Month: October 2009

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Veggie-Packed Dhai Varo Ohro

This is my entry into Shama from Easy2Cook Recipes’ ‘First Cooked Event’. I have never participated in such a competition and really don’t know how to go about it, but all I am hoping for is that people enjoy my recipe. It is one of the first ever dishes I cooked (properly!) and that just goes to show how simple it is to make. It is packed full of flavour, vitamins and just plain yummy-ness! I think that if you like Indian raita, Greek tzatziki or Arabic baba ghanoush you will love this! I used to HATE aubergines with a passion… something to do with the skin and slimy insides (heh). Although as I grew up I began to eat it when it was mashed (without the skin) and mixed with other things. My mum makes lovely plain ohro (cooked with tomatoes and garlic) and dhai varo ohro (like this one). So I kind of grew to ENJOY eating it (wow, as a kid I never imagined I would say that in my life!) Making …

Traditional Gujarati Mohanthal (Chickpea Flour Butter Fudge)

I have been meaning to post this up for a while and thanks to a recipe request from my lovely reader Annu, I have finally gotten around to it. Mohanthal (pronounced: moHanTHaal) is a type of mistan (Indian sweet) which is said to have been loved by Lord Krishna. The name comes from one of Krishna’s alternative names ‘Mohan’ meaning charming and enchanting and ‘thal’ meaning dish (like thali). So the name I believe loosely translates as ‘Mohan’s dish’. Please do correct me if I am wrong! My belief in Lord Krishna is immense (hence the peacock feather images used in the KO Rasoi logo), and so I am aware that He does love bright colours like orange. This why I love Mohanthal to be bright orange and beautiful! So Annu, this one is for you… and for Lord Krishna of course! Ingredients (for the ‘dhrabo’- the bit that makes the Mohanthal melt in the mouth and adds crunchy lil nuggets!) 2 cups gram flour (a.k.a chickpea flour/besan)1 tbsp melted ghee2 tbsp milk You will …

Spinach and Ricotta Stuffed Lumaconi

Am I making you hungry? As you probably know there are thousands of variations of this recipe out there. In fact you have most certainly cooked something similar in your own kitchens! So I imagine you must know that these dishes are totally yummy! Ricotta and spinach marry beautifully in pasta dishes, and sharp tomato sauce compliments them so well! My method is adapted from one of Kurma Dasa’s fabulous books but my aunty also makes a version of it with giant conch-shaped pasta. This makes a great party dish as you can bake lots of trays and everyone can just dig in! Although today I made this simply for dinner. I baked enough for today and refrigerated the rest to bake tomorrow. A homemade ready meal if you will! I love to add a red chilli to my tomato sauce because it balances the rich and creamy filling really well (and of course because I love spicy food!) So enjoy my version of spinach and ricotta pasta… it really is something special! Ingredients 240g …

Peas and Paneer Kadhi (Indian Yogurt Soup)

Kadhi is a soup I learned to cook when I was around thirteen years old and I have learned to love making it. The process is so practical that cooking it totally relaxes me. My version of kadhi is a souped up (hehe) version of traditional Gujarati kadhi as I decided to add peas, paneer and onions to make it more substantial. This is something my Nana Bapu (maternal grandfather) used to do when he made kadhi- minus the paneer. So definitely feel free to add whichever vegetables you like to this! I totally love paneer so couldn’t resist shallow frying some and adding it, but it is really up to you what you choose to put into your kadhi. The Punjabi version of kadhi is traditionally thicker than the Gujarati and it is eaten with pakora. My version is a lighter alternative and is great with fluffy basmati rice, dry mung bean curry (recipe coming soon) and chapattis. Or just on its own!Ingredients 4 cups plain natural yogurt¼ cup chickpea flour (besan)5 cups water1 …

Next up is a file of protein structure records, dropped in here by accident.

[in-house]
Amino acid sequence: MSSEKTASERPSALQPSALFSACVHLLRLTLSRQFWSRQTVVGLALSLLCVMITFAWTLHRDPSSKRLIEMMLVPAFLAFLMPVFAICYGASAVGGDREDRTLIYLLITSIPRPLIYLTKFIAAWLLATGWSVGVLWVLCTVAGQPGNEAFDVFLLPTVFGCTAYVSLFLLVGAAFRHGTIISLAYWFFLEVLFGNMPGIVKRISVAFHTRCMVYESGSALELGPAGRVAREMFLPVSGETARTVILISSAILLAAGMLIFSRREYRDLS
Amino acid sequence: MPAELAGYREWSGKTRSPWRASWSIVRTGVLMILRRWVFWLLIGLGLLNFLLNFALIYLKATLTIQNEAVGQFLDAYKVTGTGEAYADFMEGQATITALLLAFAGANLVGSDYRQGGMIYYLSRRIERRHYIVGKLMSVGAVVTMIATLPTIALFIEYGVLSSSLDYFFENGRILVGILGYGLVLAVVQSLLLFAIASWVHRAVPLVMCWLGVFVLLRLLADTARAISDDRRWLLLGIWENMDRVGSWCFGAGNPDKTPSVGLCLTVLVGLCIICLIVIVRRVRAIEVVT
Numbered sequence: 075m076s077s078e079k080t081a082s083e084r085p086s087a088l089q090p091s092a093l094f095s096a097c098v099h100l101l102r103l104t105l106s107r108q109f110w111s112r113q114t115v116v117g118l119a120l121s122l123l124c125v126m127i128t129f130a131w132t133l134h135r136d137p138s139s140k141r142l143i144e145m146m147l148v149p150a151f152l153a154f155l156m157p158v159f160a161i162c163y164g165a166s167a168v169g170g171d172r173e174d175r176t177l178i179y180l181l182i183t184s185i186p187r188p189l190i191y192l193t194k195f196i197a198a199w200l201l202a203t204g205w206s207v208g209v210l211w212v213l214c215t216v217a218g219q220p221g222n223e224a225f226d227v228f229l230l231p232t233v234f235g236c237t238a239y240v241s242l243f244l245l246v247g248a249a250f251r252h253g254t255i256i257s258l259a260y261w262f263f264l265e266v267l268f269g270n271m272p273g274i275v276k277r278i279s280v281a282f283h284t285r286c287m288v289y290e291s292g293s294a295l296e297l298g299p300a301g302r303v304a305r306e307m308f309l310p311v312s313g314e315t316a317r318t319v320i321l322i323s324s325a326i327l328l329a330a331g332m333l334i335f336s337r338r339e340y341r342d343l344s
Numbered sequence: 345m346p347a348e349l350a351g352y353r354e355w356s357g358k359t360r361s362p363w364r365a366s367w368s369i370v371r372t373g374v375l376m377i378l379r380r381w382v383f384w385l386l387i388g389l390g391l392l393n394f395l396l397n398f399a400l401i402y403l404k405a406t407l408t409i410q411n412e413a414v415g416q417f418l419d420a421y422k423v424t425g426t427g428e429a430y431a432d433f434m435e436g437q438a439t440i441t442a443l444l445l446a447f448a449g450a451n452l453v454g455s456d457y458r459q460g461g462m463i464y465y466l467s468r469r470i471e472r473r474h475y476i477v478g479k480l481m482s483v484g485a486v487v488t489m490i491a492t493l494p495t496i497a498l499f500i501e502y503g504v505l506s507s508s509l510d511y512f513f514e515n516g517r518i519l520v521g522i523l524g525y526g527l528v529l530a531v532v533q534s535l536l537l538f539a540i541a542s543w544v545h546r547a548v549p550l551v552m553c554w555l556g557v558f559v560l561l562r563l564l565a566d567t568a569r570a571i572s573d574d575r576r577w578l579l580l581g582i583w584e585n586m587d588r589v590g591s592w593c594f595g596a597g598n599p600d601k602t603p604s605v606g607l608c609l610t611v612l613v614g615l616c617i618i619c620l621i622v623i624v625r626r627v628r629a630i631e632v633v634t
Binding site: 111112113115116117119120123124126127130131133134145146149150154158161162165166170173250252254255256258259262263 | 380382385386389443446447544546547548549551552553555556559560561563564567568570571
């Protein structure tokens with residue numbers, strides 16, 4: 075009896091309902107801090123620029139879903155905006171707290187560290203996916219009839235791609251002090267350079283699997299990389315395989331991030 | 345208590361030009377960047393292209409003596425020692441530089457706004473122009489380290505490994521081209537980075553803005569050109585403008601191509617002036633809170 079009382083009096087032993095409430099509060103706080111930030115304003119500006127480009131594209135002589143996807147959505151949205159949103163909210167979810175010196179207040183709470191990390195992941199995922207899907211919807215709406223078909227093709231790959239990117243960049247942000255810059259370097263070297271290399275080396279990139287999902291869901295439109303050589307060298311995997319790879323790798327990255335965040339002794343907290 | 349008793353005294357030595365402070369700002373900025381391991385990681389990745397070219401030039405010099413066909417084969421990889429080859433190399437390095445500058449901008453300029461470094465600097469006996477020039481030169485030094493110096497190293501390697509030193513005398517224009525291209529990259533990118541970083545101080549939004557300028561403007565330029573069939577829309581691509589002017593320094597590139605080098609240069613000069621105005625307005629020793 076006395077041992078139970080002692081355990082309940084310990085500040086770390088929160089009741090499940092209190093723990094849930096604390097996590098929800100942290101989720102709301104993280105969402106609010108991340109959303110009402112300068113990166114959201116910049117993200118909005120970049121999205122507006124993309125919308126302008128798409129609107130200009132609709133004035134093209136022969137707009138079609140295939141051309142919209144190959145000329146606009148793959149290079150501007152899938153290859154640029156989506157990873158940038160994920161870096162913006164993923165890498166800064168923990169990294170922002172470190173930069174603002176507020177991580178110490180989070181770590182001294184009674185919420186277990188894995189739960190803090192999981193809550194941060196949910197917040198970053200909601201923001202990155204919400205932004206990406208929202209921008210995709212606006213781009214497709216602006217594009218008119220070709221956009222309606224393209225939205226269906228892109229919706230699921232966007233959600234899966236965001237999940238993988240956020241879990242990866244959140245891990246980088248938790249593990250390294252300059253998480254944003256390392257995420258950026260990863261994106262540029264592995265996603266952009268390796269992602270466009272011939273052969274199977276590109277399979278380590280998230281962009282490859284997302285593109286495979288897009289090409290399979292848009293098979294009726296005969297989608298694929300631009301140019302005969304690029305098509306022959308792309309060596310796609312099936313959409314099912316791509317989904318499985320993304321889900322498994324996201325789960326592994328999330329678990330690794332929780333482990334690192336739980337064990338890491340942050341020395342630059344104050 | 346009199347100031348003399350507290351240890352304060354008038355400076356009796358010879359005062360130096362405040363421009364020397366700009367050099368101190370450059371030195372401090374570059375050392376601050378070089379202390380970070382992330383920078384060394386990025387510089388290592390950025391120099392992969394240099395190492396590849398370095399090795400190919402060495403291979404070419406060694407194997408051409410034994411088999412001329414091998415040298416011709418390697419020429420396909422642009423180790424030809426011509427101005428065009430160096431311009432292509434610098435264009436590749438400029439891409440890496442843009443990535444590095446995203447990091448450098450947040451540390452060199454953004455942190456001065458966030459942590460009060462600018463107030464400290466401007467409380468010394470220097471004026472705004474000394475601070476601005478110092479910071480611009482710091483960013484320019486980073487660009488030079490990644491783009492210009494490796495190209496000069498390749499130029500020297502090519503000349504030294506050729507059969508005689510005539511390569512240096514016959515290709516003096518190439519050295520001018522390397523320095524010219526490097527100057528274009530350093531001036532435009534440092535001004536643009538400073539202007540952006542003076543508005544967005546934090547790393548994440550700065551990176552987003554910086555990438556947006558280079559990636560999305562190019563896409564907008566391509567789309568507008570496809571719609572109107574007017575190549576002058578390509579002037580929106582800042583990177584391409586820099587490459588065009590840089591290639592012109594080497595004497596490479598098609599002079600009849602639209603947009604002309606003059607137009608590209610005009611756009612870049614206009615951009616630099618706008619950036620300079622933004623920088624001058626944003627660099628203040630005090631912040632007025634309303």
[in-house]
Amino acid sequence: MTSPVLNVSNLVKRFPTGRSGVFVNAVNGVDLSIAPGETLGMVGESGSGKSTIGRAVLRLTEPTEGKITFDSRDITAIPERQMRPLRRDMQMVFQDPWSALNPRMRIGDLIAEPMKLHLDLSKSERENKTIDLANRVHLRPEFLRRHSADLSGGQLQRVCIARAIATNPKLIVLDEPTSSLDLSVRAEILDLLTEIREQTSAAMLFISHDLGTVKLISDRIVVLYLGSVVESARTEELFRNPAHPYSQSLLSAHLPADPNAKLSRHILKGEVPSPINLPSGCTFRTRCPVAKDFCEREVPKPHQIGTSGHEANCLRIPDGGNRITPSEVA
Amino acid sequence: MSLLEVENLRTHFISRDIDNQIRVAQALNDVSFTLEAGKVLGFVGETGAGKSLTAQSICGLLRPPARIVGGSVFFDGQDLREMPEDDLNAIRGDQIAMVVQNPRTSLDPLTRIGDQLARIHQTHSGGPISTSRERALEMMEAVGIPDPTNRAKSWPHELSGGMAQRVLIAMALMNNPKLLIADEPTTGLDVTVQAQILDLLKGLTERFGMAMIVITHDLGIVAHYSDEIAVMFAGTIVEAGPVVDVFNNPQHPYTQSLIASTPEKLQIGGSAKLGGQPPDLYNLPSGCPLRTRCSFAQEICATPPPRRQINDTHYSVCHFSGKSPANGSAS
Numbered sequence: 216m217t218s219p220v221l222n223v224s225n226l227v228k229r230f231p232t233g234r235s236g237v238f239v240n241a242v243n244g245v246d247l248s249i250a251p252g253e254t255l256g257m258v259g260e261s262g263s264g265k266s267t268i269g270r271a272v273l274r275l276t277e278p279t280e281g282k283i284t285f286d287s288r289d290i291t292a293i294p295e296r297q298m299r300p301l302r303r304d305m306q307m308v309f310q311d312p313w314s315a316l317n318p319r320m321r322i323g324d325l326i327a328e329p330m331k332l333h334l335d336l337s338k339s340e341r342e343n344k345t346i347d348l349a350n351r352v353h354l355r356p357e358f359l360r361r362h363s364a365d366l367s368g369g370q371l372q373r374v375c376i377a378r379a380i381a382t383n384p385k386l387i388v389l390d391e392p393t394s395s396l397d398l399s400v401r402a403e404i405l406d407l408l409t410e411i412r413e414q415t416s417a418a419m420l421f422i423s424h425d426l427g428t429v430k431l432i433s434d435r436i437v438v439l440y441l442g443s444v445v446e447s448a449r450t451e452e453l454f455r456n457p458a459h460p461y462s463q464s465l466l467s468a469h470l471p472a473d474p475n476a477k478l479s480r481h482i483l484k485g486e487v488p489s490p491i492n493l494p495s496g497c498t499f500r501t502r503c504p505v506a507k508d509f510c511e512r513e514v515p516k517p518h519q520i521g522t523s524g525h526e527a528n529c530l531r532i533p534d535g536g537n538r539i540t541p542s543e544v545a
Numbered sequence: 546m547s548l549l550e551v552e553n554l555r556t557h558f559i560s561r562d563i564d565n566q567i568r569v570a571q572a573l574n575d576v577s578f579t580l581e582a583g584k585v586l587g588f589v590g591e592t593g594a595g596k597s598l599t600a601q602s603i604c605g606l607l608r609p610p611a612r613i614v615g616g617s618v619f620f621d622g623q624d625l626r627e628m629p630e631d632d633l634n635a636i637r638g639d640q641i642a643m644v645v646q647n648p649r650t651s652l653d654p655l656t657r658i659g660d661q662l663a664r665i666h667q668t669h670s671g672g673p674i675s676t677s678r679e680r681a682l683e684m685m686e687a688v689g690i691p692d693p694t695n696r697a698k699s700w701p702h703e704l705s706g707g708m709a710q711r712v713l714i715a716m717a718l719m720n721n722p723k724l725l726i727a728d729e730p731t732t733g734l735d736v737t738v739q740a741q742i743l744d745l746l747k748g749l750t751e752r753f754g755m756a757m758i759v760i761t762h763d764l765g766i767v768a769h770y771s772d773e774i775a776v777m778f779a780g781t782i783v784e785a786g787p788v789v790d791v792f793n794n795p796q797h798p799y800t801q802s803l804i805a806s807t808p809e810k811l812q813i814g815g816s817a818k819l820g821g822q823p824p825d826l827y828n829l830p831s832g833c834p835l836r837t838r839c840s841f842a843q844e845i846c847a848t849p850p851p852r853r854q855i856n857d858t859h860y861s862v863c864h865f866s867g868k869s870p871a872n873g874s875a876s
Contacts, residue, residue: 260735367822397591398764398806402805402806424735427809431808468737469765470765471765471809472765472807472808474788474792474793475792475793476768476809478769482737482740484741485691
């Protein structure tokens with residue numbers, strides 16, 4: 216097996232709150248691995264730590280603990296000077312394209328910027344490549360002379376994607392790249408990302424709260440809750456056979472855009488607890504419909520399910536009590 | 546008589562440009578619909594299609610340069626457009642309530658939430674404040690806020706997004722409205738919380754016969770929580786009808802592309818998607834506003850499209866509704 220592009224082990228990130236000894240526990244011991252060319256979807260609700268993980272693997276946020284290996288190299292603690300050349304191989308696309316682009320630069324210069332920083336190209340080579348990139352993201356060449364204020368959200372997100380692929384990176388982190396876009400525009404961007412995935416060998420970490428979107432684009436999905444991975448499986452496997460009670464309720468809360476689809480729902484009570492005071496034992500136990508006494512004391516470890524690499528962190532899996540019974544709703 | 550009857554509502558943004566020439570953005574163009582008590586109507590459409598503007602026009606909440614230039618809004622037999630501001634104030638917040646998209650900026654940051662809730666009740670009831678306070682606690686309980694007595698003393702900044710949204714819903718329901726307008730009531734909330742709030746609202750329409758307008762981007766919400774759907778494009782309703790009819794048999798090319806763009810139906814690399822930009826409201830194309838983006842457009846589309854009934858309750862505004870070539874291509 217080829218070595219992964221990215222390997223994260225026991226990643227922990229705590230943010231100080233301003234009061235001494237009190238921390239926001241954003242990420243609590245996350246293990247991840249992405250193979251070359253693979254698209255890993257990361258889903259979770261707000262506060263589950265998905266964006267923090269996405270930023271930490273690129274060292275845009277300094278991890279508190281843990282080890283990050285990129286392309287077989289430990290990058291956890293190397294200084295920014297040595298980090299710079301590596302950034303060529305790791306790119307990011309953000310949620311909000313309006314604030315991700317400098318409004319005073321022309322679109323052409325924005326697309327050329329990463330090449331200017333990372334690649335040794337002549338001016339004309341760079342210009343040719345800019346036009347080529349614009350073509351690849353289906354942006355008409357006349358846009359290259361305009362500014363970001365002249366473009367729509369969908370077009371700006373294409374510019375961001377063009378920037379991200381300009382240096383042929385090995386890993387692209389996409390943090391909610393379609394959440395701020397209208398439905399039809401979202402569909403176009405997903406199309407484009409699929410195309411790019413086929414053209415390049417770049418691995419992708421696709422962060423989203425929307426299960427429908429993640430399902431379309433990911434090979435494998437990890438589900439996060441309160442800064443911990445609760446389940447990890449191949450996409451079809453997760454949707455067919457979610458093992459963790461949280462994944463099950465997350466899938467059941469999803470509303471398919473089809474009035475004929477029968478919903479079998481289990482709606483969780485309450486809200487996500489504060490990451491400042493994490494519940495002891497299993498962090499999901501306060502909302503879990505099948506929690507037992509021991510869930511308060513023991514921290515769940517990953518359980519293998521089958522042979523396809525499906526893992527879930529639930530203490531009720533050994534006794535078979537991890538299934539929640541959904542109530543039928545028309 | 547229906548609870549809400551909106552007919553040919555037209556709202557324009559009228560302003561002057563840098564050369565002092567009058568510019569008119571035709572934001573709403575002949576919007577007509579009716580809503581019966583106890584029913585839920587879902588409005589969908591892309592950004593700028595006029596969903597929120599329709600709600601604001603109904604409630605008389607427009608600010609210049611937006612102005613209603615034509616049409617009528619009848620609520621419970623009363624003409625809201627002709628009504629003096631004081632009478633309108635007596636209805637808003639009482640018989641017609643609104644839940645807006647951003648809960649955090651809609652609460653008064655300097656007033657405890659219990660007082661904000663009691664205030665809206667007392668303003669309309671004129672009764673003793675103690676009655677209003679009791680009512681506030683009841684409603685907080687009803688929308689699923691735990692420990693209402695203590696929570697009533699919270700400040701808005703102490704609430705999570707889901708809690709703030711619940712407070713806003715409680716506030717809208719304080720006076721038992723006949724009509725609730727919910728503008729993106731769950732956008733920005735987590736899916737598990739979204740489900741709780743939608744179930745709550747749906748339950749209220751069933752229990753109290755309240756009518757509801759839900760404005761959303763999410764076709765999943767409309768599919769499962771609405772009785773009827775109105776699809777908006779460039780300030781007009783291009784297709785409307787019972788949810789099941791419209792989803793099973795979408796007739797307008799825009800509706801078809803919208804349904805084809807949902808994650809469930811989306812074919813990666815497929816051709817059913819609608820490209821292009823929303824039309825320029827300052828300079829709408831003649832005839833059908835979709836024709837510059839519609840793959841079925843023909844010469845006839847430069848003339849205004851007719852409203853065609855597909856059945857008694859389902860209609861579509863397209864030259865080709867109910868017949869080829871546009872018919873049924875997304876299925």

Indigo- Restaurant Review

Where: Indigo pure vegetarian restaurant in Leicester (that’s lacto-vegetarian, although they also serve vegan and no onions/no garlic dishes) When: This week With Who: Two fabulous friends KO Rating: 3/10. Disappointing Menu Choice: Indian, Indo-Chinese and Italian Website I went to Indigo Vegetarian Restaurant on Melton Road in Leicester at the beginning of this week and was expecting some really great things. Sadly I was really disappointed. We were greeted immediately and shown to our table in the far corner of the restaurant. We ordered our drinks (a jug of tap water… Ha. And a Pepsi) and read through the large menu. The menu at Indigo is filled with snacky ‘fast foods’ like dosa’s, pau bhaji, bhel, chaat, samosa, pizzas and noodles. One friend decided on ‘chutney powder dosa’ which comes with a sambhar (it resembled THICK Gujarati daal and definitely not sambhar). Another decided on a spicy ‘paneer pizza’ and I opted for ‘Indigo special noodles’ (hakka noodles with mushrooms and spinach). We also shared a large ‘chilli mogo’ (cassava stir fried with green …

Easy Peasy Aloo Paneer Paratha (Sadly, there are no peas in this recipe)

Want a bite? It would be awesome if I actually added peas to my Easy Peasy Aloo Paneer Paratha. I wish I had thought of the ironic jokes I could have made before I rolled them. Oh well. I’m sure these would be delicious with peas too! I served my paratha with Crispy Tindora and Sweetcorn Curry which are not traditionally served together but the combination does work! There are a few different parts to this recipe but you can make the filling ahead of time and keep it in the fridge until you’re ready to roll! Do try making your own paratha, they are simple and scrummy- the only rule is that you have to use ghee (or margarine) to shallow fry them… Because it’s the law! Easy Peasy Aloo Paneer Paratha (makes around 18 paratha) Ingredients for the stuffing 3 medium potatoes, boiled and mashed1 large onion, minced (really finely)4 cloves garlic, minced2 tbsp ginger, minced½ cup finely chopped coriander1 green chilli, minced (more or less if you prefer)Juice from 1 lemon1 ¼ cup …

Tindora, Tindora, Tindora!